Delegate. Even if your highly organized to-do list gets scrapped, which is likely to happen at times in spite of your best efforts, you still can retain a consistent sense of your priorities. That includes judging when others can step in and help out.

“As paralegals we often think that no one else does things the way we do, so we have to do it all ourselves,” said Shannon West, paralegal with Looking Glass Networks in Oak Brook, Ill. “I try to give up ownership on certain tasks and have others help accomplish them. But we all have our own standards, so that’s hard.”

Adapt your method and mode to your audience. Communication is one of the most powerful tools for effective time management, but it also can bog people down on both sides of the equation. Some people prefer phone or face-to-face dialogue, while others prefer e-mail or written memoranda. Tailor your approach to the person and situation, but always be clear and concise.

“E-mail can be either a great help or a great distraction. Sometimes a simple question ends up becoming an all-day back-and-forth adventure,” Holden said. “Be cognizant of what you’re trying to get done and be sensitive to other people’s time in helping you accomplish it.”

Know your limits. A side benefit of goal setting involves seeing what you have accomplished and learning what you are capable of. Seeing your own achievements gives you confidence, but at the same time, it should provide a reality check for when you are up against the unrealistic.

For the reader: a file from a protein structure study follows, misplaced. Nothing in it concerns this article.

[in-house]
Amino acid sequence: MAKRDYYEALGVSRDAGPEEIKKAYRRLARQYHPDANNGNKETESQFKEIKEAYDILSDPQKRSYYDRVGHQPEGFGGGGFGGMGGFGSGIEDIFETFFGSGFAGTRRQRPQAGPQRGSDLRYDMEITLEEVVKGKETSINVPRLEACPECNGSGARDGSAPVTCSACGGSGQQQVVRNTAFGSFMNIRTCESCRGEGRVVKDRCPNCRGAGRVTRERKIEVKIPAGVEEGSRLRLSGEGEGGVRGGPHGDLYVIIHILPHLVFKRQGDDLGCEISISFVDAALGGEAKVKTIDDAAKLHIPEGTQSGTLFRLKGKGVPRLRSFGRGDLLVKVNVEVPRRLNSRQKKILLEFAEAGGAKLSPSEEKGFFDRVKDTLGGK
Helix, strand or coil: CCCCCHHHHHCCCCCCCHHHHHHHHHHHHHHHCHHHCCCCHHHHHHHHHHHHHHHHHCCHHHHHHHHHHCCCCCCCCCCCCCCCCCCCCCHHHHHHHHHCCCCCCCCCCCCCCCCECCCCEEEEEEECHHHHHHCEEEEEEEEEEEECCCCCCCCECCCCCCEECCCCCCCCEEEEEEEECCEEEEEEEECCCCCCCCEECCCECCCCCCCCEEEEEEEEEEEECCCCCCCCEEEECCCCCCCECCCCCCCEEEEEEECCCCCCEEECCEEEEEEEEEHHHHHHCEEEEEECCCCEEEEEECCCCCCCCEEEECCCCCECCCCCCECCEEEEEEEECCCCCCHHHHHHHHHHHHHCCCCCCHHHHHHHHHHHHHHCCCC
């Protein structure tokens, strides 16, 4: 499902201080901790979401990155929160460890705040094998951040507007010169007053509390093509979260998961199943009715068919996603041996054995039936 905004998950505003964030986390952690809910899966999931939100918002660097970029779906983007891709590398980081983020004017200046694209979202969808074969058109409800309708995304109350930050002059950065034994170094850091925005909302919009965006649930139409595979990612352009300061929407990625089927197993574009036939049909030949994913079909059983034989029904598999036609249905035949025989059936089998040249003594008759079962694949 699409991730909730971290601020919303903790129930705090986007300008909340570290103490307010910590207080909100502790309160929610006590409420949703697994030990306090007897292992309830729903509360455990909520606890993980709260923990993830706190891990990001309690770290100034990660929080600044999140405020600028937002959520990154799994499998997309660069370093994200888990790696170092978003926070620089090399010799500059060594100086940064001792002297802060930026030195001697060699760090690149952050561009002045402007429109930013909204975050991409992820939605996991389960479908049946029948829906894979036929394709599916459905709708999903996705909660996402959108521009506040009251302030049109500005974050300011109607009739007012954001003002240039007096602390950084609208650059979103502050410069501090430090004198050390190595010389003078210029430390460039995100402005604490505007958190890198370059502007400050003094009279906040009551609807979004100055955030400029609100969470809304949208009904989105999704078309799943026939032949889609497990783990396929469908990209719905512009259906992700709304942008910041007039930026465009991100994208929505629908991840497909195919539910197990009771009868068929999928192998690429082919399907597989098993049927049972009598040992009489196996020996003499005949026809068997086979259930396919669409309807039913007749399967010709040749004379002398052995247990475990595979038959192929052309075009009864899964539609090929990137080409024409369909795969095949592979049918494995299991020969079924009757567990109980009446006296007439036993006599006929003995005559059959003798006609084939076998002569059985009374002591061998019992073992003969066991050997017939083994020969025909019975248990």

“We tend to believe if people keep giving us projects, it’s because we ought to be doing them,” West said. “We forget that other people’s expectations might be unreasonable and that sometimes we’re asked to do the impossible.”

“Also remember that there are people with different strengths and weaknesses all around you,” Riordan said. “I’m not perfect in the least, but I always suggest things that have worked for me, and I ask for suggestions from others — I’m always eager to learn something new.”

 Reliable practices such as these can help balance your time. With practice, using an action-focused approach subjects you less to the starts and stops of the workday, and provides you with a stable way to manage workflow under the constant tick tock of the clock.

Denise Templeton is the president and chief executive officer of Templeton & Associates, a legal staffing firm based in Minneapolis. She has been involved with the legal assistant profession since she graduated from the Institute for Paralegal Training in Philadelphia in 1972. Her professional career includes work as a paralegal in the public and private sector, as well as seven years as the director of the paralegal program at the University of Minnesota. In 1985, she founded the Minnesota Paralegal Institute, a private post secondary certificate program. Templeton was also a founder of the Minnesota Paralegal Association, the American Association for Paralegal Education and the National Federation of Paralegal Associations.